Alt-right, White Nationalism, and Neo- Nazi, these words and corresponding images, have over the past few days become a more regular part of our vocabulary. Those who identify with these adjectives have created a false narrative that has been for too long left to fester and spread tentacles of hate throughout this nation. The President of the United States,
of this week, offered words that indicated that those who would walk down public streets chanting words of condemnation and hate, carrying Nazi symbols, espousing superiority were no worse than the counter protesters who showed up to condemn their venom. Many of those counter protesters being people of faith, clergy leaders, people who have historically, nonviolently, stood with the marginalized. These are indeed, to say the least, interesting times.
All humanity should be outraged. All who believe that God created human, man and woman, in God's image, should be outraged. Anyone, who can hear/read the words of the creator who upon completion of the creation proclaimed, "it is good" should be outraged. People of faith should be outraged to the point of action. Any person, system, or President who supports the dehumanization of any of God's children should be challenged on that belief.
Of course, the question is how do we challenge this type of hatred, and more specifically how do the folks who consider Epiphany home stand up in the face of this assault on the fabric of all that we consider just. As I stated in my sermon on Sunday, I do not have all the answers, nor do I assume we are all starting from the same place. I'm still learning about the community, who we are, where we live, and what we are passionate about. But I do know that if we do not name evil when we see it, we end up being complicit in it. What is playing out before our eyes is clearly evil. We cannot afford to stand by and not respond to this, that is not the role of people of faith. That cannot be the role of Epiphany in downtown DC. So, what to do? What can start by speaking up, showing up, listening, and educating ourselves about the impact of the systemic silencing of marginalized and targeted people. But, above all we must pray.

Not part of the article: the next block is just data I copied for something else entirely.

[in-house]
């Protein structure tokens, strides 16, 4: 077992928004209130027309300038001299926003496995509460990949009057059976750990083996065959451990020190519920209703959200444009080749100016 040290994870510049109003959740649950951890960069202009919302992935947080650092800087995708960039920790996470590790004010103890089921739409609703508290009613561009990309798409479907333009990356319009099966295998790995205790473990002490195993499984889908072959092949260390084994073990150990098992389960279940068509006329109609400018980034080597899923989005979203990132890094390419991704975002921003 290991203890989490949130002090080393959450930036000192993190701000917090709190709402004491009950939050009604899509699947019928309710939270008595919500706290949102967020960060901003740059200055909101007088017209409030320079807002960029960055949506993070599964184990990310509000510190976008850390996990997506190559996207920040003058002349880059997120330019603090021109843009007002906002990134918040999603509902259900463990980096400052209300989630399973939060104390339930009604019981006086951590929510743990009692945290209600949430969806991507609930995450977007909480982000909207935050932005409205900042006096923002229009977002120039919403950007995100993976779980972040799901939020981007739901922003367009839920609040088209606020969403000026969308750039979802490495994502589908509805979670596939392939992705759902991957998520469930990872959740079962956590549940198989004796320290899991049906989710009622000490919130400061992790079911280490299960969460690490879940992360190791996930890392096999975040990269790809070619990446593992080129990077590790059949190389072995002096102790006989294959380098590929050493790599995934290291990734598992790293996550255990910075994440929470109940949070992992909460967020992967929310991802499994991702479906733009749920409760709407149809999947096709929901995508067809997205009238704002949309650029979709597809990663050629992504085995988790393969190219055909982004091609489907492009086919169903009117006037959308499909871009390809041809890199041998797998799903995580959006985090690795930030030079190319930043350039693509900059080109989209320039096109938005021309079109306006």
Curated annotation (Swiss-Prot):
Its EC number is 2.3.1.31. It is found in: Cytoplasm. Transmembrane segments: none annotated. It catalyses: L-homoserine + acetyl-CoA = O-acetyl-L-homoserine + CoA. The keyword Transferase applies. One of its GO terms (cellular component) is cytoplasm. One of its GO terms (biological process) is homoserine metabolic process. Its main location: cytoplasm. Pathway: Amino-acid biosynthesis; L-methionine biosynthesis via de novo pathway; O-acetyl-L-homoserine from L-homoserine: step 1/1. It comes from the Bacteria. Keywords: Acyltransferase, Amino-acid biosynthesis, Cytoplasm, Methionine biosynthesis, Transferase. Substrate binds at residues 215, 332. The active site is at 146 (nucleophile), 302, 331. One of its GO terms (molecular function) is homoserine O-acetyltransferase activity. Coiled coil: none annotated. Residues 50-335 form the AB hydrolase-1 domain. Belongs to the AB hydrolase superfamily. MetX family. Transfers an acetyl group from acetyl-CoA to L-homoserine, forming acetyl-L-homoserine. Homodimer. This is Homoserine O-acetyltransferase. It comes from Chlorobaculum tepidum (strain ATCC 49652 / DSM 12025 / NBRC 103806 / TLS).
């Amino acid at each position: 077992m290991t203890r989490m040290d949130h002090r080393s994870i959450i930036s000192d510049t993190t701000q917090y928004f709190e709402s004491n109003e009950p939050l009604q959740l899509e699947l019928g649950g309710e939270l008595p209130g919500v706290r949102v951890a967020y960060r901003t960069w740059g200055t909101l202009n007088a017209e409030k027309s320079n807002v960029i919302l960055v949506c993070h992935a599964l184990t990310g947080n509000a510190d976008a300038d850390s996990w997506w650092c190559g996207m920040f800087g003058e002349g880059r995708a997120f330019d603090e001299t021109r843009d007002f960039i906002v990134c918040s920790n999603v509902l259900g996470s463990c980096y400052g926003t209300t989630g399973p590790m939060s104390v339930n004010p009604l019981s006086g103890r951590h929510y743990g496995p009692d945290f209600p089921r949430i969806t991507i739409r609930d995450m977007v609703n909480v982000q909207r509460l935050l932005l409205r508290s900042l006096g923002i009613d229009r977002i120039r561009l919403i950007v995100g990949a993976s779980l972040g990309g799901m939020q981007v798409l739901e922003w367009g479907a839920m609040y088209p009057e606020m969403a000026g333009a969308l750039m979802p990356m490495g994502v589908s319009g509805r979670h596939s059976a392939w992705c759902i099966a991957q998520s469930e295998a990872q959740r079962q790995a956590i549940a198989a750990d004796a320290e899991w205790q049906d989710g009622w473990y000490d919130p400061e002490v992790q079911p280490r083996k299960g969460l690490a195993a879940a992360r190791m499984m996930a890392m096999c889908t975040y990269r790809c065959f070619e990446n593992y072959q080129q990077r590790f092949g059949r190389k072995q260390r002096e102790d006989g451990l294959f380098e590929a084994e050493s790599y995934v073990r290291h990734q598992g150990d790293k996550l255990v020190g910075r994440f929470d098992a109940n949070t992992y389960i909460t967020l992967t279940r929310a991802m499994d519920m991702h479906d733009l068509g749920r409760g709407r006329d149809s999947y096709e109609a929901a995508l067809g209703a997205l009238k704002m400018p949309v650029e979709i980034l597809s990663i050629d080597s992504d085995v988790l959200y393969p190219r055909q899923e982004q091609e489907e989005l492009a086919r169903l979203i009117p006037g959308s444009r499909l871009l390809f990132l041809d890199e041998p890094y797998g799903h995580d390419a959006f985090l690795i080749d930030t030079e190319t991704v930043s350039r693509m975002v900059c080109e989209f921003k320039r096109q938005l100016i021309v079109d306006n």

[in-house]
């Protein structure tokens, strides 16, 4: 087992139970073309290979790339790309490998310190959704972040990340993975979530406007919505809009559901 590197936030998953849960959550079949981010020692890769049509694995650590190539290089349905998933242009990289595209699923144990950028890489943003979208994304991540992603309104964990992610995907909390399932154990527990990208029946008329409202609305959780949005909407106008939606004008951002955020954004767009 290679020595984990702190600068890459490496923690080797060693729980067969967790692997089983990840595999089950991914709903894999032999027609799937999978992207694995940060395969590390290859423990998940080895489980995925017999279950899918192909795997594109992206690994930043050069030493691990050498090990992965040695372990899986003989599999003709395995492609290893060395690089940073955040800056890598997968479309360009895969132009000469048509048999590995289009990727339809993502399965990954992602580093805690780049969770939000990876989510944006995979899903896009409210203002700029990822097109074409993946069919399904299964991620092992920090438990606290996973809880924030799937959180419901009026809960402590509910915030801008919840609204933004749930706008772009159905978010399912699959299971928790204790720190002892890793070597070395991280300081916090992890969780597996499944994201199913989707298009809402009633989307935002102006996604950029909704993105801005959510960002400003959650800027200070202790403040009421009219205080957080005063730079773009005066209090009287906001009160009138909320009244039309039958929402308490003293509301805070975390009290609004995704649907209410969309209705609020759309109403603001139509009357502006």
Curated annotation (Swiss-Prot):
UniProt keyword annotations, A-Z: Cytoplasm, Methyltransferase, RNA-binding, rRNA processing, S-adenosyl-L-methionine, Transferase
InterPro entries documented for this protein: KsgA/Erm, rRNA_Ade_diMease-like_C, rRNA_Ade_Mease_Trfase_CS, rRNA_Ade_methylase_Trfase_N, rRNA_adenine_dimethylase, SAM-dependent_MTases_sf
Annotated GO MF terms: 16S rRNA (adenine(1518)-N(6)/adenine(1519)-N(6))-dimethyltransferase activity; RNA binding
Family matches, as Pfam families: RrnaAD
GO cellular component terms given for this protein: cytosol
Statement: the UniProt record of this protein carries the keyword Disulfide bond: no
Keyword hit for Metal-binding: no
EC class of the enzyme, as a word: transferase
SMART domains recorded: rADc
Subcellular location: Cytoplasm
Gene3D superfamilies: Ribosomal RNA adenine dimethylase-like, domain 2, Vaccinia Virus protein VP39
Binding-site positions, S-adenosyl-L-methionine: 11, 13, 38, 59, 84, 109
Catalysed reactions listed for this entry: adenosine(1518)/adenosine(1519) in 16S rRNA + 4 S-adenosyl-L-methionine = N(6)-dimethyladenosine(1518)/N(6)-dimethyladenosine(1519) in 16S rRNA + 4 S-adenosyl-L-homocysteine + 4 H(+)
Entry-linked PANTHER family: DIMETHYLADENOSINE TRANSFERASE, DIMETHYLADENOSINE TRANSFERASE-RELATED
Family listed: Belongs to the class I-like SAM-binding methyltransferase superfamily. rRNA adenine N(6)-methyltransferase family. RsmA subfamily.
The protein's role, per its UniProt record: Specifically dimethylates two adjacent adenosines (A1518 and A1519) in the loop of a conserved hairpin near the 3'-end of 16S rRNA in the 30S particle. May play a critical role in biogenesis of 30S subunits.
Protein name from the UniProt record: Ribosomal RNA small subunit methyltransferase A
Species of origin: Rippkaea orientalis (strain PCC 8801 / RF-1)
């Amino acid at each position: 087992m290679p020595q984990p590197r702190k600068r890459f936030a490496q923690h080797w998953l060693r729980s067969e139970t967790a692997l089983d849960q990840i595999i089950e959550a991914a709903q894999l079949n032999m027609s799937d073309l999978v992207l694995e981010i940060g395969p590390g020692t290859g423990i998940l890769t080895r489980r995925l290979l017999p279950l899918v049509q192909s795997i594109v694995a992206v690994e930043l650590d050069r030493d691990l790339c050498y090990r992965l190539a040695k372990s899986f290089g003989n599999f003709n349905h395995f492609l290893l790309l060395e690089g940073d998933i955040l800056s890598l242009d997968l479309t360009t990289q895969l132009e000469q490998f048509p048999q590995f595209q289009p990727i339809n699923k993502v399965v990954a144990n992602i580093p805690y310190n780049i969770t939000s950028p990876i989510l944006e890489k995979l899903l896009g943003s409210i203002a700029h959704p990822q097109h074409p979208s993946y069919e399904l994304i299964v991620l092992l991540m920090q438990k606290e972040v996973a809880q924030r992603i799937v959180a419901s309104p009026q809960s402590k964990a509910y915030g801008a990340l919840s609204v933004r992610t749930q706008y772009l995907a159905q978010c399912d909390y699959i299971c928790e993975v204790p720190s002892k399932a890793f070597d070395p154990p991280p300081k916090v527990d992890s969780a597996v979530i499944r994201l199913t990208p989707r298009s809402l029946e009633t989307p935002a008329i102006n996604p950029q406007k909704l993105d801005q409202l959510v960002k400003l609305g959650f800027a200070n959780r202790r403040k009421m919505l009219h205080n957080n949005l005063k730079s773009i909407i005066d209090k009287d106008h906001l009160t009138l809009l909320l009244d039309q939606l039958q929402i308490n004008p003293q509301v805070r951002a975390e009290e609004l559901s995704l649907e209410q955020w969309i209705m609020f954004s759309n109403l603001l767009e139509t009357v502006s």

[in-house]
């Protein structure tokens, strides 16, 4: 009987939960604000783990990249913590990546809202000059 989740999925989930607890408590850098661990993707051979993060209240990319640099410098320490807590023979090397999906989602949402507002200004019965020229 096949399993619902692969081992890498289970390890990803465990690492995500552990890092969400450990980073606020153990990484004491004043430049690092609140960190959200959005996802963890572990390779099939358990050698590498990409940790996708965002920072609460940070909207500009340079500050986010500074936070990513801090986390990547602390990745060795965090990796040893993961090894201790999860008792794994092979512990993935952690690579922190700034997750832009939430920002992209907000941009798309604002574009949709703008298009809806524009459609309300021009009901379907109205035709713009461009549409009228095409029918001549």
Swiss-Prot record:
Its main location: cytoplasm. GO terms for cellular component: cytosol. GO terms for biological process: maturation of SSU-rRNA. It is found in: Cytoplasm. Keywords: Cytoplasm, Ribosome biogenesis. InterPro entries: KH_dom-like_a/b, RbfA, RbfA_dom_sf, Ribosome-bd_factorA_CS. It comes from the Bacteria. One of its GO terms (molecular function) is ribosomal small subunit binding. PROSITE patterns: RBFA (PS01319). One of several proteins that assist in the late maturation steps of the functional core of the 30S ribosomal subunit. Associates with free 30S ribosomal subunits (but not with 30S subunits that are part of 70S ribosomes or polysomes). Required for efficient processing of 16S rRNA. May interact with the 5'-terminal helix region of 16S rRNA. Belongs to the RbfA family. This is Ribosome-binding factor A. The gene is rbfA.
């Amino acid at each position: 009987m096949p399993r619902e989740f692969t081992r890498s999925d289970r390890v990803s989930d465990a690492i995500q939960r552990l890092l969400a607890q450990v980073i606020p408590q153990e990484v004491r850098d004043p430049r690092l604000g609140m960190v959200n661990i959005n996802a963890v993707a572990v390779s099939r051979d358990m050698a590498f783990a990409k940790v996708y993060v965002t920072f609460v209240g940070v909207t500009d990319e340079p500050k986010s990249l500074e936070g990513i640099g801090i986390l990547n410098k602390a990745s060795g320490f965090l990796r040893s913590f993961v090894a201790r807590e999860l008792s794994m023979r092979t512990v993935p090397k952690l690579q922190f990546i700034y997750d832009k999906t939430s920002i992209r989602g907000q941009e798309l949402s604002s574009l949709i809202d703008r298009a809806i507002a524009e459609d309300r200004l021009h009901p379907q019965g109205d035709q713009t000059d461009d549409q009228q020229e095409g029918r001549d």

Jesus looked at them and said, 'For mortals it is impossible, but not for God; for God, all things are possible.' (Mark 10:27)
God can and does redeem all things.
Other ways to respond
*March for Racial Justice Sat. Sept 30th 10am-1pm details TBA (the date falls of Yom Kippur, and is also the anniversary of a racist massacre in 1919. The date may be changed to allow our Jewish brothers and sisters to participate).
*Unity March Against White Supremacy Dec 3rd. Washington, D.C. Details to Follow